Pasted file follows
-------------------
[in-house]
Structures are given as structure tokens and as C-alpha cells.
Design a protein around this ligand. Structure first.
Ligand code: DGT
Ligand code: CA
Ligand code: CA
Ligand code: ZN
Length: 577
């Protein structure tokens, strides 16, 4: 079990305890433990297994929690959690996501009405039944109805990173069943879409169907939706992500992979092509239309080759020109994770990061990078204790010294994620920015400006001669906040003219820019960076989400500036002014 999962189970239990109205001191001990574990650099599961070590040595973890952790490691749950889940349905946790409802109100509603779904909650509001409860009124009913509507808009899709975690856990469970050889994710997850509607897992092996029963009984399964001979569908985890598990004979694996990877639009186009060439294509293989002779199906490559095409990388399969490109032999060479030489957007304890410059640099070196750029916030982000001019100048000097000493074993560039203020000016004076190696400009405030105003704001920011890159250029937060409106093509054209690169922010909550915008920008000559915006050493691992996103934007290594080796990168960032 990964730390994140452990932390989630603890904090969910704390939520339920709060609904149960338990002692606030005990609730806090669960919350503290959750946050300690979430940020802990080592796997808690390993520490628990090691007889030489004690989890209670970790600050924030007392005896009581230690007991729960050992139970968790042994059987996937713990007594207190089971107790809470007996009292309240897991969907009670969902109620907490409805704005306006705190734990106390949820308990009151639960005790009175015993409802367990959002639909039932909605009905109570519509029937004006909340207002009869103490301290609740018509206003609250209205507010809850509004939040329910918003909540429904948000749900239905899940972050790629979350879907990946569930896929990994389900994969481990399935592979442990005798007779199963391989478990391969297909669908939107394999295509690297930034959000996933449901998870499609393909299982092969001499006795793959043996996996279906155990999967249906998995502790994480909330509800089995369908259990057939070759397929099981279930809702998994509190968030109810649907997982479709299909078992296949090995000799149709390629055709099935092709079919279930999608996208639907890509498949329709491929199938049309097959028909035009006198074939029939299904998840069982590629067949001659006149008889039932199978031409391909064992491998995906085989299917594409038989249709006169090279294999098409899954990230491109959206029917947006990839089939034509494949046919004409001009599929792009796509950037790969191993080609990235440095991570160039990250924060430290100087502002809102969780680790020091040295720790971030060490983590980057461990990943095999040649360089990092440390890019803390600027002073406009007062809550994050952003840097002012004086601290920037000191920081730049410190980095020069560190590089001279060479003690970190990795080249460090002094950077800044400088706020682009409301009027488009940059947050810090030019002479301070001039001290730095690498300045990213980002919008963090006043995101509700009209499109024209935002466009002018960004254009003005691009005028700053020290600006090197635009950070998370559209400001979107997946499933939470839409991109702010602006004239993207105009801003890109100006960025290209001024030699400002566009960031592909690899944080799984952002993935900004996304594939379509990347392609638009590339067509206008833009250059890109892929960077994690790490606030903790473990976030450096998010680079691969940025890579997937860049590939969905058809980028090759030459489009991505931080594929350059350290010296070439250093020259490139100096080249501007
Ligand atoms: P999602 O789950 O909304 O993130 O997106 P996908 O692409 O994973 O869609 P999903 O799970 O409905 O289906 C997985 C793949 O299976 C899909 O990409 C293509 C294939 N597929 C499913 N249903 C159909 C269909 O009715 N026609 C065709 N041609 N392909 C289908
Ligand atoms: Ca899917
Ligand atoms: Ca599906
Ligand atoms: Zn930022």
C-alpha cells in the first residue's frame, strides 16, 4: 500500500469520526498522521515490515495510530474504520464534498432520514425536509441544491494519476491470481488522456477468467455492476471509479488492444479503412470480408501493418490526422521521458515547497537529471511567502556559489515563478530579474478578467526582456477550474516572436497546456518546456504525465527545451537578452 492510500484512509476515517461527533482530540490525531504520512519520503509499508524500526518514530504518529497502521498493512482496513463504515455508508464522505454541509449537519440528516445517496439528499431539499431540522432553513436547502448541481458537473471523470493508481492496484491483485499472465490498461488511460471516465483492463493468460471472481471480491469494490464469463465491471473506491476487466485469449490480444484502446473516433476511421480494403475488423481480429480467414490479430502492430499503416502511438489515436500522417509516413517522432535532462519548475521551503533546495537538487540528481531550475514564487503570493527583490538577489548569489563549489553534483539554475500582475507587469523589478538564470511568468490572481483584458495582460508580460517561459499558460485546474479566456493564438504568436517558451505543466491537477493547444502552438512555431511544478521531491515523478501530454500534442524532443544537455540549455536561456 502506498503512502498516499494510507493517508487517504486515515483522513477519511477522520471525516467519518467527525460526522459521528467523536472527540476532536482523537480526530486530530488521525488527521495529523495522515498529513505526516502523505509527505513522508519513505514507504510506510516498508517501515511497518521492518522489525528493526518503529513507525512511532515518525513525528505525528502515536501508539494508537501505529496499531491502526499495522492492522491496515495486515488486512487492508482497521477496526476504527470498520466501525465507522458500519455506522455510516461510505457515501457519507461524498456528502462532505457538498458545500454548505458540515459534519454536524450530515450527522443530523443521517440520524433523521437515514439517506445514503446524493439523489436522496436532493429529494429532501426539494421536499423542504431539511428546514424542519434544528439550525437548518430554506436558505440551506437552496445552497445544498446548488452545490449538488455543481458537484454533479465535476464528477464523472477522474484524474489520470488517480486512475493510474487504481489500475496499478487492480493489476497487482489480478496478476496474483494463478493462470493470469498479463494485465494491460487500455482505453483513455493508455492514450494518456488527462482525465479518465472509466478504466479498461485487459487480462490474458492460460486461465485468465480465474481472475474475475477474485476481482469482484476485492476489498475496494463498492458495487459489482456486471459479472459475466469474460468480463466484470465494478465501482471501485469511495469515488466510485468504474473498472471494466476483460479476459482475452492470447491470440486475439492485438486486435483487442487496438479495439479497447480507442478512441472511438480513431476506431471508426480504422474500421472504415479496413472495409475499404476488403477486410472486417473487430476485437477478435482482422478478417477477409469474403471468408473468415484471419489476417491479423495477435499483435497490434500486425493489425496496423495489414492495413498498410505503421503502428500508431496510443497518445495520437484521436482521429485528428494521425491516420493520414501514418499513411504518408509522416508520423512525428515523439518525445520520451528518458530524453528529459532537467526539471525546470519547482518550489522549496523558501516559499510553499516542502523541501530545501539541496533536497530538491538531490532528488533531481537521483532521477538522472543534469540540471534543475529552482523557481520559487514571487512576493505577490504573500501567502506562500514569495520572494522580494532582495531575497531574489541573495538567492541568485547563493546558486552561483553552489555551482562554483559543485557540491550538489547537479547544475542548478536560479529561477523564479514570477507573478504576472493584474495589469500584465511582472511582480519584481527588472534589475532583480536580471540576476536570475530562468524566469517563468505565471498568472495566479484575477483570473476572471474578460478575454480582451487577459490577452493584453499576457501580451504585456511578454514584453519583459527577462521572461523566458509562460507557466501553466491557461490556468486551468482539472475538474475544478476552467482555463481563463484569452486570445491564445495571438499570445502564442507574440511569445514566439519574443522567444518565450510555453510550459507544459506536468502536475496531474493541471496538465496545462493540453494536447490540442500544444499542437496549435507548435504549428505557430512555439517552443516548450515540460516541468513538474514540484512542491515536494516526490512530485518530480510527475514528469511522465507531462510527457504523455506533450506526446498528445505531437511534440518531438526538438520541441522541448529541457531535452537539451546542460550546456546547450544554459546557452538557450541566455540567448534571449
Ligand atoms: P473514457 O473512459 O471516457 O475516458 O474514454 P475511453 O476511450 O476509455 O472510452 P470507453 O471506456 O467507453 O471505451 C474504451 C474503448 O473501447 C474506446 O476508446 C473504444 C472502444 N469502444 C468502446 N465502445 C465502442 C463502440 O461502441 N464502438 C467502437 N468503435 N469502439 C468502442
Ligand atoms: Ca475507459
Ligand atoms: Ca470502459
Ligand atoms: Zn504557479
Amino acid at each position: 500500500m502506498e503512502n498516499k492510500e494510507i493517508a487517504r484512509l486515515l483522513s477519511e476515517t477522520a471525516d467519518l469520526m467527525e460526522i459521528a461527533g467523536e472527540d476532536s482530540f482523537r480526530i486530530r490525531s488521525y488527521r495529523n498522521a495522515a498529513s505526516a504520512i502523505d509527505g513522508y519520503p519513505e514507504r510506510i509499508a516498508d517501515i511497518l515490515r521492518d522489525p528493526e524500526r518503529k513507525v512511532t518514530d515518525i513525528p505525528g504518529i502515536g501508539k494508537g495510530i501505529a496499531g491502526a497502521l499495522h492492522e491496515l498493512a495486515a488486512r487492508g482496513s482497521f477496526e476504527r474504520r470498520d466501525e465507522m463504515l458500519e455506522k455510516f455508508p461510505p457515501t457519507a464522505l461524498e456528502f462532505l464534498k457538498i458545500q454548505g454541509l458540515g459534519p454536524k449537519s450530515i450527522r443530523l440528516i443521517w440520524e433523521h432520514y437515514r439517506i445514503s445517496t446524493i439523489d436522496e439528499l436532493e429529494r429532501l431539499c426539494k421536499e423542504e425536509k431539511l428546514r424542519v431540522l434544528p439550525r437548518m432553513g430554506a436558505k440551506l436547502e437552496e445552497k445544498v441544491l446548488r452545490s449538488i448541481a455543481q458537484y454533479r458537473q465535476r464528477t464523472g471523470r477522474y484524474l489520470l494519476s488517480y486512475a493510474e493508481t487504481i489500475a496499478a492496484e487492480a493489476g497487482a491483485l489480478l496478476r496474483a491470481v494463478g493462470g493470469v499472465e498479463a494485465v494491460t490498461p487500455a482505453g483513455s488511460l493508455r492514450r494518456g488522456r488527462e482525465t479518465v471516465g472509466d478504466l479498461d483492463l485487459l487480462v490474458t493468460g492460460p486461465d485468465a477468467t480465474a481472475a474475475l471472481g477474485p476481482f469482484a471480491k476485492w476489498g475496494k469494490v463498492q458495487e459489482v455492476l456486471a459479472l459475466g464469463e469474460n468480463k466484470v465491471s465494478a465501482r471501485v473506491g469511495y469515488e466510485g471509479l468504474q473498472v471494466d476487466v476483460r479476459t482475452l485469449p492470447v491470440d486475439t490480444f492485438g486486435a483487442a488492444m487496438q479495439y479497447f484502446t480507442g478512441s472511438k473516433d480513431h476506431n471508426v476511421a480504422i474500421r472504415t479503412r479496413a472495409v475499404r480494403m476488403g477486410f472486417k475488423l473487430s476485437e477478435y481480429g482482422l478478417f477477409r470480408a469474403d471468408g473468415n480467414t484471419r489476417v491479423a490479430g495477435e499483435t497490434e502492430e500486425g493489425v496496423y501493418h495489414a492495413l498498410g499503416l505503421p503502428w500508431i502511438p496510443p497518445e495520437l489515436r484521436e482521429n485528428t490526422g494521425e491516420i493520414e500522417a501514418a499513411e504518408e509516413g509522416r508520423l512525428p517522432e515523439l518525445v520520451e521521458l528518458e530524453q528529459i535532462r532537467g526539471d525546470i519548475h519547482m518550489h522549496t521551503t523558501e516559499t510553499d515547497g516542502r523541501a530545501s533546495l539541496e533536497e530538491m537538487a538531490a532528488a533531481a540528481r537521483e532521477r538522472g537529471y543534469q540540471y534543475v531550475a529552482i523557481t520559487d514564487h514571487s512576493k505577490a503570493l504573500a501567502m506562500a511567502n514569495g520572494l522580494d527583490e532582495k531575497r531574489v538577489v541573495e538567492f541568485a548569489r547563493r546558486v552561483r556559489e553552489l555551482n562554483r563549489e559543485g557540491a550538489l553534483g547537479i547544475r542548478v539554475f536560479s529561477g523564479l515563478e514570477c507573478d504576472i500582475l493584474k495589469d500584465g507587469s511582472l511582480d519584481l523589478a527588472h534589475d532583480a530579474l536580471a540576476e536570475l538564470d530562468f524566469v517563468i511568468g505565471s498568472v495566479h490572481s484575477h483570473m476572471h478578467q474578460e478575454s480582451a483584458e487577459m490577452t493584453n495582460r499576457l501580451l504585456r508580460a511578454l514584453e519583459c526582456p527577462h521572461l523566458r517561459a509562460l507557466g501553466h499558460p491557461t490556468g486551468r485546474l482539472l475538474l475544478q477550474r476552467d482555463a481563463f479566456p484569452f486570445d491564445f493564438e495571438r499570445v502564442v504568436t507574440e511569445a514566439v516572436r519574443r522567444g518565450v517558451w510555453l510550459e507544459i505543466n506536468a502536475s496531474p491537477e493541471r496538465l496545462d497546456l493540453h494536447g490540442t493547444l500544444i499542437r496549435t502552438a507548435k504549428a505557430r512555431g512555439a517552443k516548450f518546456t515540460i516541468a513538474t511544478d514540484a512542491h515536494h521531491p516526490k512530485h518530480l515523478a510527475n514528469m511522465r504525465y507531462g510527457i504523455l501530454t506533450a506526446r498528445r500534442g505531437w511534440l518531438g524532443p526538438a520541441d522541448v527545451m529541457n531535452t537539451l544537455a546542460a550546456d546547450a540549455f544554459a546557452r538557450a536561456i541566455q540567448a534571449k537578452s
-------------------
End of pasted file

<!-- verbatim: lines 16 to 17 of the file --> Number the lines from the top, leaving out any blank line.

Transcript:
Ligand atoms: Ca475507459
Ligand atoms: Ca470502459